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Italy's navy, the Regia Marina was the fourth-largest naval force in the world at the outbreak of World War II, and yet is often overlooked and largely discounted as ineffective. In general the fleet was made up of obsolete vessels, lacked radar functionality, and had a reputation for indiscipline and poorly trained crews. The complex and bureaucratic command system imposed on the fleet further hampered its effectiveness. In this book, Mark Stille details why the Italian battleships were able to maintain a solid reputation, examining their impressive designs and the courage and determination of the fleet at Calabria, Sirte, Cape Spartiveto and Cape Matapan, all illustrated with stunning photographs from the Italian Navy's own archives.
Please note that the content of this book primarily consists of articles available from Wikipedia or other free sources online. Pages: 25. Chapters: Battleships of the Regia Marina, World War II battleships of Italy, World War I battleships of Italy, Italian battleship Giulio Cesare, Italian battleship Roma, Italia class battleship, Vittorio Veneto class battleship, Italian battleship Caio Duilio, Italian battleship Re Umberto, Italian battleship Andrea Doria, Italian battleship Italia, Ruggiero di Lauria class battleship, Andrea Doria class battleship, Italian battleship Vittorio Veneto, Italian battleship Sardegna, Italian battleship Sicilia, Italian battleship Conte di Cavour, Re Umberto class battleship, Italian battleship Littorio, Regina Margherita class battleship, List of Italian steam battleships, Conte di Cavour class battleship, Italian battleship Leonardo da Vinci, Italian battleship Dante Alighieri, Ammiraglio di Saint Bon class battleship, Italian battleship Ammiraglio di Saint Bon, Italian battleship Emanuele Filiberto, Italian battleship Regina Margherita, Regina Elena class battleship, Italian battleship Benedetto Brin, Italian battleship Vittorio Emanuele, Italian battleship Napoli, Italian battleship Regina Elena, List of battleships of Italy, List of Italian dreadnought battleships. Excerpt: Roma, named after two previous ships and the city of Rome, was the fourth Vittorio Veneto-class battleship of Italy's Regia Marina (English: ). The construction of both Roma and her sister ship Impero was planned due to rising tensions around the world and the navy's fear that two Vittorio Venetos and the older pre-First World War battleships were not enough to counter the British and French Mediterranean Fleets. As Roma was laid down almost four years after the first two ships of the class, some small improvements were made to the design, including additional freeboard added to the bow. Roma was commissioned into the Regia Marina on 14 June 1942, but a s...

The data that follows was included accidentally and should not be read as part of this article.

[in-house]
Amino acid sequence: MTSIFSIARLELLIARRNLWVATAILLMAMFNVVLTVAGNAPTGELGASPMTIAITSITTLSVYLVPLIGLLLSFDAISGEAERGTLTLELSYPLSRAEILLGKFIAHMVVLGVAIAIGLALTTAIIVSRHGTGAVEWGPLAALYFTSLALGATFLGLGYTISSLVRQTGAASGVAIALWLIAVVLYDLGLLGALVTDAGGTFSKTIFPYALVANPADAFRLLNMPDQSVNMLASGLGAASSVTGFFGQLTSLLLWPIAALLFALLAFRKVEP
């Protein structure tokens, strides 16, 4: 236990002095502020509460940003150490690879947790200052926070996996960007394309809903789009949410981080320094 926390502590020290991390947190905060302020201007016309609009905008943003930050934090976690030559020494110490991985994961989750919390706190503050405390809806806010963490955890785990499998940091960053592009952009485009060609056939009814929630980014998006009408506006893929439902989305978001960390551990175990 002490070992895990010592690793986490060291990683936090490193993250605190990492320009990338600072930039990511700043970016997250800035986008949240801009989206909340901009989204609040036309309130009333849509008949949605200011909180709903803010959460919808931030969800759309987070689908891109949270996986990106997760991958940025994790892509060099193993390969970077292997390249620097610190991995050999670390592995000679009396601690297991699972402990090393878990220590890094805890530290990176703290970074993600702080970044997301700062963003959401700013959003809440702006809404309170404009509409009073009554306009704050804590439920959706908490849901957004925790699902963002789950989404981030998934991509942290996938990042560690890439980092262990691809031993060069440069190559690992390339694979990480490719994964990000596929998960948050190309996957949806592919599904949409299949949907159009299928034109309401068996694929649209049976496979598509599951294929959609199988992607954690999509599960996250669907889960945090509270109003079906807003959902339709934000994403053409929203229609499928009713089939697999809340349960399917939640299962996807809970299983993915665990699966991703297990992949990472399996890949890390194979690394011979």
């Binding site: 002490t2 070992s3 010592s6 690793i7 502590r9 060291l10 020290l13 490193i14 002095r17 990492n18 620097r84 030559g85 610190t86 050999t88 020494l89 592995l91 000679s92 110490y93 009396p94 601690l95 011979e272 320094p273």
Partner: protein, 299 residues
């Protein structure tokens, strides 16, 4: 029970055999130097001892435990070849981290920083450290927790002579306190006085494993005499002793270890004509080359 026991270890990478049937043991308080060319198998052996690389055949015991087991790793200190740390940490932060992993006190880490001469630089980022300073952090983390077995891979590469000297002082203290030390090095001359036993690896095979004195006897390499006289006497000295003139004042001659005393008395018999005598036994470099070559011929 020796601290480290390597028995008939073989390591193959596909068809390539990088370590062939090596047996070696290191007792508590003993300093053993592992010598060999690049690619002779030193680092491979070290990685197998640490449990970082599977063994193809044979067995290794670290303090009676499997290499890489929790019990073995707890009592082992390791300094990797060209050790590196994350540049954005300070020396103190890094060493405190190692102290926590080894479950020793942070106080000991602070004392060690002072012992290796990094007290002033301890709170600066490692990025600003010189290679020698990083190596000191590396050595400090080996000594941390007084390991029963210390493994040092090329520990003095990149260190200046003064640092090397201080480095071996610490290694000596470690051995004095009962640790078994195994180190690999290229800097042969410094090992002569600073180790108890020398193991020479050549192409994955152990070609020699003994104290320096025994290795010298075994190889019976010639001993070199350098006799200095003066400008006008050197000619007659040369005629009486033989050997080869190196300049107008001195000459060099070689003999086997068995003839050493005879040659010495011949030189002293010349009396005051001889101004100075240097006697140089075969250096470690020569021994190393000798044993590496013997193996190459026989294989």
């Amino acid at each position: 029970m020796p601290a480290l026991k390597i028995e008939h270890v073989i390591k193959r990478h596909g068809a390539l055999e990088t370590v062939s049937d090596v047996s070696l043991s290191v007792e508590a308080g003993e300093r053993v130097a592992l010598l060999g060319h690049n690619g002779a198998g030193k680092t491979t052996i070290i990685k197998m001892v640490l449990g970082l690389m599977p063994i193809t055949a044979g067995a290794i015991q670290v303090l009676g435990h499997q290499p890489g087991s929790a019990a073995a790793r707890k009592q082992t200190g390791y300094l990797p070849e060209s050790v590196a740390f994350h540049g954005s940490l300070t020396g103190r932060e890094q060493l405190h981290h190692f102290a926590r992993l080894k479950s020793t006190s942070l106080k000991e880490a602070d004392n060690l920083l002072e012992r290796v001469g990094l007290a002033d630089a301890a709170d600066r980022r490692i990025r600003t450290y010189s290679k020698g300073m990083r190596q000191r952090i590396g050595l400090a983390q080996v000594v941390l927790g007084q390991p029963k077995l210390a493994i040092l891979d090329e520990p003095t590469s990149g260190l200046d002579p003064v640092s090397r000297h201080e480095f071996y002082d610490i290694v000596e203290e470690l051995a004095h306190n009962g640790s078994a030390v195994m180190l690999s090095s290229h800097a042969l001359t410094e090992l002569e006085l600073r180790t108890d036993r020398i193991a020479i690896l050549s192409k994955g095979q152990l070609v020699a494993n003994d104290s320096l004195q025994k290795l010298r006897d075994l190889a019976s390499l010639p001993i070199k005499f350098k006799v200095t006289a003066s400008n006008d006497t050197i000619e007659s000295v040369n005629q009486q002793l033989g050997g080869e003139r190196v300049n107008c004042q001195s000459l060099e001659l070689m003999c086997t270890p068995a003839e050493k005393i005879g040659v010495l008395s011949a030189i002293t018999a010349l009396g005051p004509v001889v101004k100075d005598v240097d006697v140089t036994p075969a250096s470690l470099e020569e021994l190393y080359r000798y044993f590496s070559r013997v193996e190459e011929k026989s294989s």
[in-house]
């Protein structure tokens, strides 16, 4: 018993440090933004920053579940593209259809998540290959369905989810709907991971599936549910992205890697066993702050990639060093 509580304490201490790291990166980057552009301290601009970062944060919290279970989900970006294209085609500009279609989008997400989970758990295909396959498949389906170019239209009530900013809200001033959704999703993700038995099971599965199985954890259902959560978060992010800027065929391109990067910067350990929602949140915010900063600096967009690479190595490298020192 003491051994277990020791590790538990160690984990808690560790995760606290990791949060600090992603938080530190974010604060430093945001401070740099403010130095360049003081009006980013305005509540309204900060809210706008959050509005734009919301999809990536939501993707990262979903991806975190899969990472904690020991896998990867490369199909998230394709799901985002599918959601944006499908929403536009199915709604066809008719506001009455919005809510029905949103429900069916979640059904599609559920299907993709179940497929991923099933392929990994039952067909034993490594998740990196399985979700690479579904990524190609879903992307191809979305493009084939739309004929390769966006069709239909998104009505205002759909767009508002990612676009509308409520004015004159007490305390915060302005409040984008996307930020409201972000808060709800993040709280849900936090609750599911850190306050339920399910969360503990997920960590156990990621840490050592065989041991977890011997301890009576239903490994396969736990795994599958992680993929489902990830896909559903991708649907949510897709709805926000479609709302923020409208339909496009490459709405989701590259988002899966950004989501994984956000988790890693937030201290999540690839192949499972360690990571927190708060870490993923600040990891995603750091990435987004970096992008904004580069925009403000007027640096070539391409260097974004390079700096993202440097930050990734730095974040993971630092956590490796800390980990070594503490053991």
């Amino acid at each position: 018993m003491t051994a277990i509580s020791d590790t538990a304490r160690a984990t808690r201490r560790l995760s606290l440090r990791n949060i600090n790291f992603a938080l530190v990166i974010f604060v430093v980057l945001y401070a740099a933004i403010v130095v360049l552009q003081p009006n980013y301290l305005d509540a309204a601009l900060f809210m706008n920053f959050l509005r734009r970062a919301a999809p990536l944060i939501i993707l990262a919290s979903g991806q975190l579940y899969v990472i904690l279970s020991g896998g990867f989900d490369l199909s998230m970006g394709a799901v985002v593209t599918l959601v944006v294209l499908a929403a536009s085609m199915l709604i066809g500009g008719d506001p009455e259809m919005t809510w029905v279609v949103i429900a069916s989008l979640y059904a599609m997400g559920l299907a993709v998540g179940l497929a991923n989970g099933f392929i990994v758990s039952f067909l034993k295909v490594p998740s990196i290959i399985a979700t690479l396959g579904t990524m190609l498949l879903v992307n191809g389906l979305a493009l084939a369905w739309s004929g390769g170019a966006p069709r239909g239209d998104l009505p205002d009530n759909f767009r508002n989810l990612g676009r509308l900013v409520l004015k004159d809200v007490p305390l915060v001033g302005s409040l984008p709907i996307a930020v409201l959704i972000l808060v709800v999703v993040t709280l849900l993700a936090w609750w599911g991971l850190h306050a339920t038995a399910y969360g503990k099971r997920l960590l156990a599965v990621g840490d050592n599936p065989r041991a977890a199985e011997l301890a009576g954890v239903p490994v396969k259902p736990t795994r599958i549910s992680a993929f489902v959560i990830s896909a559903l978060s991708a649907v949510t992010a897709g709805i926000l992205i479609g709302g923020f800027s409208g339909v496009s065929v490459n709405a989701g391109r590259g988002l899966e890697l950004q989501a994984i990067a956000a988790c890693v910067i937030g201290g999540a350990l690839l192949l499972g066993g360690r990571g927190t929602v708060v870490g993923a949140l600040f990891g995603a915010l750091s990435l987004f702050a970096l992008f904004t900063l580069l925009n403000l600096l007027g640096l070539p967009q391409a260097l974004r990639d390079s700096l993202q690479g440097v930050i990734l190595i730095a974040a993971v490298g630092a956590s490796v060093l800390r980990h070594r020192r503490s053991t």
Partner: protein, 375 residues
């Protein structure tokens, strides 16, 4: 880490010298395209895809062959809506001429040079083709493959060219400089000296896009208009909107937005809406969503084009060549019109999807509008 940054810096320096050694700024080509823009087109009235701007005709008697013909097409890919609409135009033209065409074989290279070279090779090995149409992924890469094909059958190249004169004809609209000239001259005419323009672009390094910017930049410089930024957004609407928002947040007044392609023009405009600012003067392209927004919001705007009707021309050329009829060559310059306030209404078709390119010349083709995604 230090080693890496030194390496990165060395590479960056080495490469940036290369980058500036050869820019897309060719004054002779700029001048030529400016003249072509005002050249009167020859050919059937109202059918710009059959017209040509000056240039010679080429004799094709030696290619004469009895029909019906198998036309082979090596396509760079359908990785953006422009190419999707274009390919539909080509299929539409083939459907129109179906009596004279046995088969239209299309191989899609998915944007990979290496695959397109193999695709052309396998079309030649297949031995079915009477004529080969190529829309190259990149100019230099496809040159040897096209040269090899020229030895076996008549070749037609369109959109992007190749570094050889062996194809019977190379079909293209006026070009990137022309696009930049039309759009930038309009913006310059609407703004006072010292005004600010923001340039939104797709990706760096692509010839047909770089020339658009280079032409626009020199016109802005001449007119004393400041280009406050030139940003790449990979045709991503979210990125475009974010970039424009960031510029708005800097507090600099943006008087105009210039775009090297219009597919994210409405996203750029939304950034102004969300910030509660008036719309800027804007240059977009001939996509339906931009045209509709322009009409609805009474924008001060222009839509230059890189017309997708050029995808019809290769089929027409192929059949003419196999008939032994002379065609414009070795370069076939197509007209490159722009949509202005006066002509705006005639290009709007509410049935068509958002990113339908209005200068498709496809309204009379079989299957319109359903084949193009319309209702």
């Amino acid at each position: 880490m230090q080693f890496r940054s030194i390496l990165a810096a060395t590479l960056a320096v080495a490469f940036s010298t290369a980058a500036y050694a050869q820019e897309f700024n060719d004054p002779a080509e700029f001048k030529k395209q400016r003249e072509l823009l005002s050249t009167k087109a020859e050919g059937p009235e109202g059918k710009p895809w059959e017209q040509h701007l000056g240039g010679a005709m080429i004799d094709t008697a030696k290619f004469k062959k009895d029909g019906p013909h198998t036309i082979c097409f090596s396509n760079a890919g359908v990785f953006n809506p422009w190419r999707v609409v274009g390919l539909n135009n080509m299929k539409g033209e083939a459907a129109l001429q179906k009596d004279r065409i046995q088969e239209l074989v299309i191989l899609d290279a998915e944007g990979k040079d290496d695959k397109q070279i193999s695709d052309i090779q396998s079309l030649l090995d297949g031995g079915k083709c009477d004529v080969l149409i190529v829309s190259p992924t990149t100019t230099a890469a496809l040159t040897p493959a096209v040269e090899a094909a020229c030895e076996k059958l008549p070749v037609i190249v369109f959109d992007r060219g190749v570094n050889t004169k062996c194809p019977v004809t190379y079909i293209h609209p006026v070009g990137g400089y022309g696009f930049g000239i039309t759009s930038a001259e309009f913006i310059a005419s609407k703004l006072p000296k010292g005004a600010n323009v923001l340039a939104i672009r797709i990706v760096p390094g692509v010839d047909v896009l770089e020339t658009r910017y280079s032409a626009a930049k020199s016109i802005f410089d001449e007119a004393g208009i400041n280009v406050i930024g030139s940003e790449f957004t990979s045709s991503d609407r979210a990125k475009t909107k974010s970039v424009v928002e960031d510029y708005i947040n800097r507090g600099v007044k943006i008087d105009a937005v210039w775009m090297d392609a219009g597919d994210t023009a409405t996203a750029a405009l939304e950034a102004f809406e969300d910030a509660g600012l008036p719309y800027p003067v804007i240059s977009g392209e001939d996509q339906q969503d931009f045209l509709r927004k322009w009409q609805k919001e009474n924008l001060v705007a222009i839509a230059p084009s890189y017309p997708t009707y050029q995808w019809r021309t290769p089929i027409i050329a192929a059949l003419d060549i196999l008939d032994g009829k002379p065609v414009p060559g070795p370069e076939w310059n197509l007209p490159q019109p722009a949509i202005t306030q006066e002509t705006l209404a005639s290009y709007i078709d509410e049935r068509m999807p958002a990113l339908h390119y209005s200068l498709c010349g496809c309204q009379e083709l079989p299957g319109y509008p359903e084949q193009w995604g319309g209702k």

This is a major new study of Italian naval camouflage schemes developed and used during World War II. When Italy entered the War in June 1940, the Regia Marina (Italian navy) was a force still under development and both Italian warships and merchant ships started the war in their peacetime colors, although prewar plans had been made for camouflaging ships. At that time, all the principal warships were painted in a light matte grey ("grigio cenerino chiaro"), that was adopted in the 1920s and early '30s. With the advent of war, and the start of convoy traffic to Libya, the need to camouflage ships for purposes of deception, rather than outright concealment, became apparent and the first initiatives were undertaken. Employing contemporary schematic drawings, photographs, and his own CAD profiles, Marco Ghiglino, describes the development of the varied schemes that were adopted for the capital ships, such as Caio Duilia and Littorio, cruisers, destroyers and torpedo boats, landing craft, and merchant ships; even the royal yacht and small tugs were given camouflage schemes. Ghiglino depicts all the ships and their schemes, at different dates, with both sides of the ship shown where possible, in his own beautifully rendered schematic profiles, all in full color. It is this section with more than 700 drawings that gives the reader a complete and detailed picture of the development of Italian naval camouflage. He also looks in detail at the Greek theater where there were many exceptions, influenced by the German presence and by the camouflage schemes of captured vessels. This major new reference book will prove invaluable to historians, collectors, model makers, and wargamers and follows in the wake of the hugely successful editions covering German and British camouflage schemes of World War II.
First Published in 1999. Routledge is an imprint of Taylor & Francis, an informa company.
The Italian navy fought a tenacious and gallant war.
The Italian Royal Navy (Regia Marina) operated one of largest cruiser forces of World War II. As a signatory to the 1922 Washington Naval Treaty, the Regia Marina immediately attempted to reinforce its treaty-limited battleship force by building seven large 10,000-ton heavy cruisers. Italian light cruisers also possessed an interesting design history and were involved in every major fleet engagement in the Mediterranean, as well as several smaller encounters with units of the British Royal Navy. Fully illustrated with specially commissioned artwork, this fascinating volume examines the history of the Regia Marina's cruisers during World War II where they came up against the might of the British Royal Navy.

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